- No. The fund is administered by community-based partners. The program is supported with public dollars and working in collaboration with the State of Oregon and the Office of the Governor.
- The Oregon Worker Relief Fund and the Oregon Worker Quarantine Fund are related funds. They are both administered by the Oregon Worker Relief Coalition. The Oregon Worker Relief Fund (OWRF) provides temporary aid to undocumented immigrants who lost their wage because of the pandemic. The Oregon Worker Quarantine Fund (OWQF) provides temporary aid to agricultural workers who undertake self-quarantining while seeking medical assistance because of a possible COVID-19 exposure. For more information go to www.WorkerRelief.org.
- No. This fund is available for employees not employers; an employer is not required to register and cannot apply for the fund. An employer cannot apply on behalf of an employee.
- All applicants must present a form of identification that has your photo, and should have a mobile phone. Applicants should be prepared to answer questions about their residence, work, household, and the impact of the pandemic on them.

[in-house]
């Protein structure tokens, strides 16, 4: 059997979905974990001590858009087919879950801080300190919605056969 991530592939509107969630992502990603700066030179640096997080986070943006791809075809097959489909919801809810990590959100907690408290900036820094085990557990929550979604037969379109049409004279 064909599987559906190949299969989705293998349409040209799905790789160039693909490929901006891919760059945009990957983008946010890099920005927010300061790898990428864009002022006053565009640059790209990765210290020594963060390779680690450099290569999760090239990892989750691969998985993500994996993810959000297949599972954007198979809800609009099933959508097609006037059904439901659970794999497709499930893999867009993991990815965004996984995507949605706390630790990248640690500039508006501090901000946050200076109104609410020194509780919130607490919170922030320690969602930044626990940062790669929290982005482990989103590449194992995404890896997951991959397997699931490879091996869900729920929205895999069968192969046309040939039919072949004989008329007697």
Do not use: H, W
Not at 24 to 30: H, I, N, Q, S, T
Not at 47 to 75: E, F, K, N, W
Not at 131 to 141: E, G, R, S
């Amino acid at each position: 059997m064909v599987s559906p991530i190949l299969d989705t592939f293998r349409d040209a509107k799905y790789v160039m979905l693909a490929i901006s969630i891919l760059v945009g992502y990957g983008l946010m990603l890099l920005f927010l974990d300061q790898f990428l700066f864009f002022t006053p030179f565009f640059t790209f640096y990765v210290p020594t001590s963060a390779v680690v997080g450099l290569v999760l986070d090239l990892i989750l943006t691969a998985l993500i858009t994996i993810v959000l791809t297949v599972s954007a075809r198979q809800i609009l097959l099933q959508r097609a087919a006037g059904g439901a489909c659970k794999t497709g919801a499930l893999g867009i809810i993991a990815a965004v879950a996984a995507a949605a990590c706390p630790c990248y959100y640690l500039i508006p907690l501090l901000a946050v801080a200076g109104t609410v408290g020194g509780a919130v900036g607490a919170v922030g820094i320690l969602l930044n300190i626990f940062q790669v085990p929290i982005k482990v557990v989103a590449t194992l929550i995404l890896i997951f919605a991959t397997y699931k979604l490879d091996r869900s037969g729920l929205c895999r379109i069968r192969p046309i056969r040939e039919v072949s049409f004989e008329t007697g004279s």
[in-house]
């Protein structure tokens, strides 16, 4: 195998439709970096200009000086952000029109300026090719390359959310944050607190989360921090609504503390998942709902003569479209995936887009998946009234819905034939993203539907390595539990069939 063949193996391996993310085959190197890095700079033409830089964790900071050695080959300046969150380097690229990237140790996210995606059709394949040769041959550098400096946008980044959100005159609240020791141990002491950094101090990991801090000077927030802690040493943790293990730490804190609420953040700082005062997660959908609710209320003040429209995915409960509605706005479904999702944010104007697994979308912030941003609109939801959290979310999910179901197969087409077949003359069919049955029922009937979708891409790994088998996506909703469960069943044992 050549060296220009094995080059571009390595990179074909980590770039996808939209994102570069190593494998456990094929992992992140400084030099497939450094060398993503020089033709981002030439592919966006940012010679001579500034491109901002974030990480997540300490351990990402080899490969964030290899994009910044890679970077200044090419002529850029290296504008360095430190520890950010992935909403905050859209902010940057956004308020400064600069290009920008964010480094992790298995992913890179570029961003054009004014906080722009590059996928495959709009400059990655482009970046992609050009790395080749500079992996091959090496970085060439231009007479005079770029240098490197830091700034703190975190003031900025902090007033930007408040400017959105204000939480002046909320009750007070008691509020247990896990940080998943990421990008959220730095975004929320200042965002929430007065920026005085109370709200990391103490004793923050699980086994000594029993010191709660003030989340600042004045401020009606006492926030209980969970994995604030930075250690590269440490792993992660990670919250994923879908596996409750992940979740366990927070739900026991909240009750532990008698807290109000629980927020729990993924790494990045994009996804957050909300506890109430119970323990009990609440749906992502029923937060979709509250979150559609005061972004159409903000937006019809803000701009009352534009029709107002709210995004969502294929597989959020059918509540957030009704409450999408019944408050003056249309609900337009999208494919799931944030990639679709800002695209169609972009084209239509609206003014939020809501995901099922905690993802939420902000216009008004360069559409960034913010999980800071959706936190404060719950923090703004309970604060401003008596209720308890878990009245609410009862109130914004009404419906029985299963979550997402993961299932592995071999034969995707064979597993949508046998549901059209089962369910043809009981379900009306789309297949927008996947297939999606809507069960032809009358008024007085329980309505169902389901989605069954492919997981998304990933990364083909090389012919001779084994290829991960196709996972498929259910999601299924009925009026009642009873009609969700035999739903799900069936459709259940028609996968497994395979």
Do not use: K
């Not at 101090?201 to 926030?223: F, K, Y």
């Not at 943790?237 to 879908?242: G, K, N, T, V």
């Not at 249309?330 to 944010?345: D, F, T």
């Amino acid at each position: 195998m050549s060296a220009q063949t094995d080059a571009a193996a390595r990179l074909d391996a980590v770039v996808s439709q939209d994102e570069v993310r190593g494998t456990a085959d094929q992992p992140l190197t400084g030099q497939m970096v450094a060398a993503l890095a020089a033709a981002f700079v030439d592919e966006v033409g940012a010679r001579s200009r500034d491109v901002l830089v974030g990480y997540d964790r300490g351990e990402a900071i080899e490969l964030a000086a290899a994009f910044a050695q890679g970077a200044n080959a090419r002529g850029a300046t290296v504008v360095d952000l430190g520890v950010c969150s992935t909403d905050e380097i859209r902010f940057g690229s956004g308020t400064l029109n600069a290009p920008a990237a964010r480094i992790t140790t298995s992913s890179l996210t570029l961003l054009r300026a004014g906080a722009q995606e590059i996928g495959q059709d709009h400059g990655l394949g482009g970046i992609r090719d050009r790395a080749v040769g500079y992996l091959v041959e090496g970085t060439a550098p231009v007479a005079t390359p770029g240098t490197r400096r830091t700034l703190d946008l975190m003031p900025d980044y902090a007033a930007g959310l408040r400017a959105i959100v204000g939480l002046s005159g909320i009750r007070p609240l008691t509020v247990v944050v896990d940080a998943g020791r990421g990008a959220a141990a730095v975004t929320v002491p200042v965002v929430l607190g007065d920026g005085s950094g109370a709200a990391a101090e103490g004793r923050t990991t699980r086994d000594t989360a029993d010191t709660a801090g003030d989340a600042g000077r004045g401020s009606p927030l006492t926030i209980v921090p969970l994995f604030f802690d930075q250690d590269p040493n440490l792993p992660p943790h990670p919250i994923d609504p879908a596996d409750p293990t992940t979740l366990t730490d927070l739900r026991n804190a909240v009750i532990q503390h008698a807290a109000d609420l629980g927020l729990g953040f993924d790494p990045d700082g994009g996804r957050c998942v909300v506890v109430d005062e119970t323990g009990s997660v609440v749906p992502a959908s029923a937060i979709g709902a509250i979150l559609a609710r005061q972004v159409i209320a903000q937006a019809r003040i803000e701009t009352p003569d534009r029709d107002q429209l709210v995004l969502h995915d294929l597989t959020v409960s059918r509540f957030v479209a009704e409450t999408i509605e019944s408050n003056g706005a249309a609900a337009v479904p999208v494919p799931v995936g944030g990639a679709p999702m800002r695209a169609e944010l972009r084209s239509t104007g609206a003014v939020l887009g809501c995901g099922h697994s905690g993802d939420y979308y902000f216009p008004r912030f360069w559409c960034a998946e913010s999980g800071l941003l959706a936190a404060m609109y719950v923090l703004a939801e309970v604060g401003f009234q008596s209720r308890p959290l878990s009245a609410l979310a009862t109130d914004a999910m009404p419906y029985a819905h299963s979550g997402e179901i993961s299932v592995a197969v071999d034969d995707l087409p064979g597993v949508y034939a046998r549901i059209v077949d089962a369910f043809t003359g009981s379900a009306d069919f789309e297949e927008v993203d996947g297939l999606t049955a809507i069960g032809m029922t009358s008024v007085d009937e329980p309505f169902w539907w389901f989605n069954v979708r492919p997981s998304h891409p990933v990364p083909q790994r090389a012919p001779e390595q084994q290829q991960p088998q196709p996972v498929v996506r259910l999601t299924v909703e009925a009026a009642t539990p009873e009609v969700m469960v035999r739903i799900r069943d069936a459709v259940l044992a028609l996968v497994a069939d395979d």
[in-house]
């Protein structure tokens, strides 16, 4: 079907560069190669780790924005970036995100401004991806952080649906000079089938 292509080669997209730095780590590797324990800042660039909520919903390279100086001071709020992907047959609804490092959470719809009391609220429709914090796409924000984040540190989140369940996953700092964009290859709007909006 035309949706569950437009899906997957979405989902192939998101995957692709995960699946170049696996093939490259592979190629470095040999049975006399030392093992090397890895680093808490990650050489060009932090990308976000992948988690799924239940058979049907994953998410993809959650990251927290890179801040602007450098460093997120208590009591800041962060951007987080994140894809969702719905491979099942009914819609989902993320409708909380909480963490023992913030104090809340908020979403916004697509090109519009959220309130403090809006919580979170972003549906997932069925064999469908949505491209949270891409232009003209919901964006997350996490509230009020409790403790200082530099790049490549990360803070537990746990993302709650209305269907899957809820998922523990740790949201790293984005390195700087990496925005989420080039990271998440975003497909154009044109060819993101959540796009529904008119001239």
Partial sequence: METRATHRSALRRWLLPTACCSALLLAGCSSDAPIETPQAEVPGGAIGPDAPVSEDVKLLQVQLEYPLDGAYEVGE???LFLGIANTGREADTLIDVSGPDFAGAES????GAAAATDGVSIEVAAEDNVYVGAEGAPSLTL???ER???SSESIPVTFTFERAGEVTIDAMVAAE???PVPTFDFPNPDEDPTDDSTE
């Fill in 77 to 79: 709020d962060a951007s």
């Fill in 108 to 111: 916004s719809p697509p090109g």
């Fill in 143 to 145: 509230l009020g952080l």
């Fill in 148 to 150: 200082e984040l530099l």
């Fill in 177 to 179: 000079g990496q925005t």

- Yes. The fund is available regardless of federal immigration status.
- For each week of self-quarantine, the fund provides a maximum of $430. An applicant may be eligible for up to two weeks of aid from the quarantine fund per application. For additional self-care quarantine assistance, workers must meet qualifying criteria, to be eligible to reapply. Applications are considered on a case-by-case basis. (First time applicants may be given priority)
- Navigating Community Organization will assist applicants over the phone, by video, or other means provided it is done in compliance with the Governor’s social distancing guidelines. There are 20 Navigating Community Organizations throughout Oregon who can assist in making an application. Applications are processed through the Oregon Worker Relief Coalition generally within 10-14 days.
- No. Beneficiaries must practice self-quarantine and should follow public health recommendations and any individual health care instruction provided by their doctor or medical professional. OHA defines people in quarantine as staying away from other people for a time when they may become sick with an infection, even if they have no symptoms. Individuals who return/or may have been in contact with areas where COVID-19 is widespread in communities and for people who have been in close, prolonged contact with someone ill with COVID-19.
Individuals who return/or may have been in contact with areas where COVID-19 is widespread in communities and for people who have been in close, prolonged contact with someone ill with COVID-19. Quarantine plan includes doing the following for the 14 days after the most recent exposure:
- Checking one’s temperature twice a day.
- Avoiding places where many people gather, including stores, workplaces, and schools.
- Staying off transportation like planes, trains, and buses.
- Contacting one’s healthcare provider promptly if fever, cough, or trouble breathing develop.